A. CAPS is a new initiative aimed at promoting Aboriginal business development through the procurement process at CIDA. The strategy has three components:
A. CIDA provides support to more than 100 developing countries in the form of goods, services, financial contributions, humanitarian aid, and the transfer of knowledge and skills (capacity building). The Agency works with a variety of partners including the business community, non-governmental organizations (NGOs), professional associations, cooperatives, educational institutions and international agencies. About 2,000 Canadian organizations and more than 100 universities and colleges currently benefit from aid-related contracts. CIDA is looking to broaden its partnerships with Canadian businesses, institutions, and NGOs to ensure growth and equity. It also intends to reach out to those who have not traditionally been involved in development cooperation but whose skills, experience, and know-how may be useful.
A. CAPS will make it easier for Aboriginal suppliers to compete for CIDA contracts. The Aboriginal Supplier Incentive was designed to encourage all bidders with experience in development assistance to include Aboriginal organizations and individuals in their proposals as employees, sub-consultants, and suppliers. All consultants hired for aid-related projects must have experience in development assistance; however, consultants may hire sub-consultants or suppliers who don't have such experience. Participation in aid-related projects is a capacity-building exercise that will allow many more companies and individuals to compete directly for contracts in the future.
A. Adding qualified Aboriginal suppliers to a proposal can increase the chances of winning a contract. The bonus points awarded for Aboriginal participation in the proposal can make a difference in a highly competitive bidding process.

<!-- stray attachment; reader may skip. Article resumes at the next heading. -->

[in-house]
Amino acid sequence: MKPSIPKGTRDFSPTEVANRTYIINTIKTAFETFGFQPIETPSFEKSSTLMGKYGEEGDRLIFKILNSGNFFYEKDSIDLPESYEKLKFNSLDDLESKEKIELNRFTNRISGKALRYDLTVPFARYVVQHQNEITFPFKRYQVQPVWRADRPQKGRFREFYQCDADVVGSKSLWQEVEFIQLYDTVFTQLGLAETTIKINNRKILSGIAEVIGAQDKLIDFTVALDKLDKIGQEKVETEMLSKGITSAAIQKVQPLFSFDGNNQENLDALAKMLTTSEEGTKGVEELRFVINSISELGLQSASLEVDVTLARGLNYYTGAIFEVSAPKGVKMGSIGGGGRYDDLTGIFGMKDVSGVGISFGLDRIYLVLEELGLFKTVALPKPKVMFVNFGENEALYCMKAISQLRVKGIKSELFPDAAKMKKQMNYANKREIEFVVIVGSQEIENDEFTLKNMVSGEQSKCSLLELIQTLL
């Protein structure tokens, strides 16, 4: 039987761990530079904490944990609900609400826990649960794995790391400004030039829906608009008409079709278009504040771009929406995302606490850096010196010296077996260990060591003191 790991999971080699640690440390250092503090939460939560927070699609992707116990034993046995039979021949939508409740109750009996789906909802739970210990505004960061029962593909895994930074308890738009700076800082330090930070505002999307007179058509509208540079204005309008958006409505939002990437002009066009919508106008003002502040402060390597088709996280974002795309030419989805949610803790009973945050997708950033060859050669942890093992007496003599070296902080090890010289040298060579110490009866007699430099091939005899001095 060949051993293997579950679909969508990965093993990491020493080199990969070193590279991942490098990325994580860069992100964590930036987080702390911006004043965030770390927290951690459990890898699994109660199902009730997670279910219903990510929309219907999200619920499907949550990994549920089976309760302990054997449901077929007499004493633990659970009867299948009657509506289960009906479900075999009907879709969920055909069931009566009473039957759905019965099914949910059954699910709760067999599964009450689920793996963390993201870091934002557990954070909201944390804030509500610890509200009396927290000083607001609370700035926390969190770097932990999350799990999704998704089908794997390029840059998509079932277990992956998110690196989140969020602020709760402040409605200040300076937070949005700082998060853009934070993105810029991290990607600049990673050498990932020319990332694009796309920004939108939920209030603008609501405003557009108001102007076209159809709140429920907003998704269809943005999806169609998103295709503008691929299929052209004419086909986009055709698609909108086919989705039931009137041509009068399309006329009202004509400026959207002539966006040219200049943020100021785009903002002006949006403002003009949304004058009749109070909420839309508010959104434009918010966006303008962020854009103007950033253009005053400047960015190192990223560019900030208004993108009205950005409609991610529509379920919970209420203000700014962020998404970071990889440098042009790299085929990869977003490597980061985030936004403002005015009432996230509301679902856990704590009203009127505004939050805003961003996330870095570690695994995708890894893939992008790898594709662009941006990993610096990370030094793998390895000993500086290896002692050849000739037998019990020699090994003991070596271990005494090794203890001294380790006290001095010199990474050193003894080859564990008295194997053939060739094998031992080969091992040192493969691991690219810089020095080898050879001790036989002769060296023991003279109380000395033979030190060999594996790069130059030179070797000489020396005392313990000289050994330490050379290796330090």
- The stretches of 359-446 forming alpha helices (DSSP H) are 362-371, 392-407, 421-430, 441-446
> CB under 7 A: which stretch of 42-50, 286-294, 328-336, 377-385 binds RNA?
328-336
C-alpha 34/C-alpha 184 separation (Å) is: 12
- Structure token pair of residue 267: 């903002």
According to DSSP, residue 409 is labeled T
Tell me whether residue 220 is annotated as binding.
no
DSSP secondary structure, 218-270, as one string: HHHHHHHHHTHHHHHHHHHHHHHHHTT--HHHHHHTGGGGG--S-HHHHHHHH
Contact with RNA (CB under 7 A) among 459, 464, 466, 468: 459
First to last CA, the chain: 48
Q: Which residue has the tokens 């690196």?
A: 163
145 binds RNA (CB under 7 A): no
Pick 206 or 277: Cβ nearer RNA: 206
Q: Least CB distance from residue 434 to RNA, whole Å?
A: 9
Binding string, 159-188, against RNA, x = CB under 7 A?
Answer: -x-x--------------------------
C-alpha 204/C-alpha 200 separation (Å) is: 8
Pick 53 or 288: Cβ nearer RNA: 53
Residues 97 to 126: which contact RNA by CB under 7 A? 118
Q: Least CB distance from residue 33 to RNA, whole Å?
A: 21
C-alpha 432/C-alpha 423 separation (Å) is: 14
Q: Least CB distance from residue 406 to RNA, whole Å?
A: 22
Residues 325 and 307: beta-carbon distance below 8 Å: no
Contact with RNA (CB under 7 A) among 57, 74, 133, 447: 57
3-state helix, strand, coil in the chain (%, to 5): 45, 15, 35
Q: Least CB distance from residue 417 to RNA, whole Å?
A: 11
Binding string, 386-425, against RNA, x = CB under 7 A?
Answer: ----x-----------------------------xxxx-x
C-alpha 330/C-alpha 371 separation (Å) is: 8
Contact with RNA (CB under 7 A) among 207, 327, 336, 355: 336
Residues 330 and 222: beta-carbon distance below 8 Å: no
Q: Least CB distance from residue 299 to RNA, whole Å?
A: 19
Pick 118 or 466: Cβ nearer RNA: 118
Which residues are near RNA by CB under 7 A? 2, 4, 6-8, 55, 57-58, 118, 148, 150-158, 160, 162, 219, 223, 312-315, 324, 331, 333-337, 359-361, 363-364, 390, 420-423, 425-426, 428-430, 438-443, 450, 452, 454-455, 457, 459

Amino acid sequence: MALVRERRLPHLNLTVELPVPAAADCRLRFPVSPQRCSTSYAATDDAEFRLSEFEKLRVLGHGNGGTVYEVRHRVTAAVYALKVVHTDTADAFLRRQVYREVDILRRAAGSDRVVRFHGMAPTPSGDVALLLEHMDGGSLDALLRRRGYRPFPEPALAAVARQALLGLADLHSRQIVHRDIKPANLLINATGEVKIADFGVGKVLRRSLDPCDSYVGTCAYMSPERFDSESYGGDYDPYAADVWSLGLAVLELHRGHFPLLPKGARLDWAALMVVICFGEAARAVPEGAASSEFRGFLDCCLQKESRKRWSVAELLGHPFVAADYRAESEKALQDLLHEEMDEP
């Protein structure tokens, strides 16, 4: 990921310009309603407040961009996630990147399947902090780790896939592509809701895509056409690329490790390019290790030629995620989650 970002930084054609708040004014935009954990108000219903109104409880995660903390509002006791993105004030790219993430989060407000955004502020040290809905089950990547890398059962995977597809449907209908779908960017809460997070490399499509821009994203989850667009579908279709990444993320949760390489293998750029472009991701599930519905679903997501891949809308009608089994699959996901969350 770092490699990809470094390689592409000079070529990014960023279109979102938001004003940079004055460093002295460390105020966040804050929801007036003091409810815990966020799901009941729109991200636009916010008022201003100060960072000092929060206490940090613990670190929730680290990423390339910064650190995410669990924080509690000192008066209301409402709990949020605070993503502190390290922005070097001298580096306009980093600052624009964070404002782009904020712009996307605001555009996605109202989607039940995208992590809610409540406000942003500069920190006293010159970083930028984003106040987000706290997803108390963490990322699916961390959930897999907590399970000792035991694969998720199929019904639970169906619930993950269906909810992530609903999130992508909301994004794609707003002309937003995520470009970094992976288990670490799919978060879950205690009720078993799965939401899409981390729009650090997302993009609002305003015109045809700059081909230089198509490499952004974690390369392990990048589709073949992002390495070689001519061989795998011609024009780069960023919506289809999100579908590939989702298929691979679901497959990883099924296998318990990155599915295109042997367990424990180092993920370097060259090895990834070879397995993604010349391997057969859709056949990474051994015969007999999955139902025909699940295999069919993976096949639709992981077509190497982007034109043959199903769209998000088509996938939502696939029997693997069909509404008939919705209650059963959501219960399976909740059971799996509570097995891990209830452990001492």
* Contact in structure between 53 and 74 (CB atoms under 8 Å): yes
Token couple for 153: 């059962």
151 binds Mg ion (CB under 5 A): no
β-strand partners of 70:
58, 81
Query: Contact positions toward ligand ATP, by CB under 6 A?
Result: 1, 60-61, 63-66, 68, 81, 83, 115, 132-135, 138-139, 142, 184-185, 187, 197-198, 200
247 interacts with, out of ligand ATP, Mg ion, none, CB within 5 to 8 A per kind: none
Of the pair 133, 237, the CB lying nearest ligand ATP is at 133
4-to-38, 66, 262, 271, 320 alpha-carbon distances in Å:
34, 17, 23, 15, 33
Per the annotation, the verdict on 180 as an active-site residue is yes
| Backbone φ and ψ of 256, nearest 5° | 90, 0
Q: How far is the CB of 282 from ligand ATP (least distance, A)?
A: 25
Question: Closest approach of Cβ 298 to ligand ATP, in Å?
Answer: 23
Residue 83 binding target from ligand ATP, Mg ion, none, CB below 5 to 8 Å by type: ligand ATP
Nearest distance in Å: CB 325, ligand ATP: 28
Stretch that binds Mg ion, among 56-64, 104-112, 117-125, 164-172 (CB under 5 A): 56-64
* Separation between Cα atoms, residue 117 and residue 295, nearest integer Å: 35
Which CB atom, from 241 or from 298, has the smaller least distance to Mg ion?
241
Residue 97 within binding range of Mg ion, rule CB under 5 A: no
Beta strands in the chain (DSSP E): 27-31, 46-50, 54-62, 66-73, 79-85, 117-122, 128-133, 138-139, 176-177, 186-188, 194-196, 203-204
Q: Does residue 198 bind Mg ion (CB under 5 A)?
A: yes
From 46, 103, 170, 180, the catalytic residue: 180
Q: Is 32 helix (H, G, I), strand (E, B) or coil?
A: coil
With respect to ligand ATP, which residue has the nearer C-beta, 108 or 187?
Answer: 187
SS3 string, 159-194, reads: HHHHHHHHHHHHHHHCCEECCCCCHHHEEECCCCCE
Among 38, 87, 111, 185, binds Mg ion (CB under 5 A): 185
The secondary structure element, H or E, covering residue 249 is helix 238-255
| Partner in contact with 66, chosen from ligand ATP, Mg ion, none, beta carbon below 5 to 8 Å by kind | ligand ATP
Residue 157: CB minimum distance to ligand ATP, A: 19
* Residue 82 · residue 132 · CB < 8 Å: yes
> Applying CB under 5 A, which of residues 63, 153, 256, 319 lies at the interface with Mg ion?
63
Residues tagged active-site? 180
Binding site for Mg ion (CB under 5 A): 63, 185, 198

A. Industry Canada maintains information on more than 3,500 Aboriginal businesses in its Aboriginal Business Directory.
A. CIDA uses a nationwide electronic tendering service called MERX to invite suppliers to respond to requests for proposals. Suppliers wishing to subscribe to MERX, or to find out more about the service, can call 1-800-964-6379, or look on the Internet at http://www.merx.com. Suppliers may also wish to look for business opportunities with organizations that have already been awarded contracts by CIDA by consulting it's Project Browser.
A. The Aboriginal Supplier Incentive applies to all competitive requests for proposals for projects and programs financed by CIDA's aid budget.
A. The Aboriginal Supplier Incentive provides the possibility of up to a maximum of 50 points for Aboriginal participation in a proposal. This represents 5% of the maximum 1,000 points that proposals can normally earn for their technical component (800 points) and their financial component (200 points). The bonus points are calculated after the technical and financial evaluations have been completed. They are based on the value of Aboriginal participation in the proposal as a percentage of the overall dollar value of the proposal (in terms of fees and expenses). For example, to qualify for all 50 points, the proposal would have to be 100% Aboriginal. To cite another example, if the value of the Aboriginal component is 10% of the overall value of the proposal, five bonus points would be awarded (10% of 50 points). The maximum possible points is 1,050.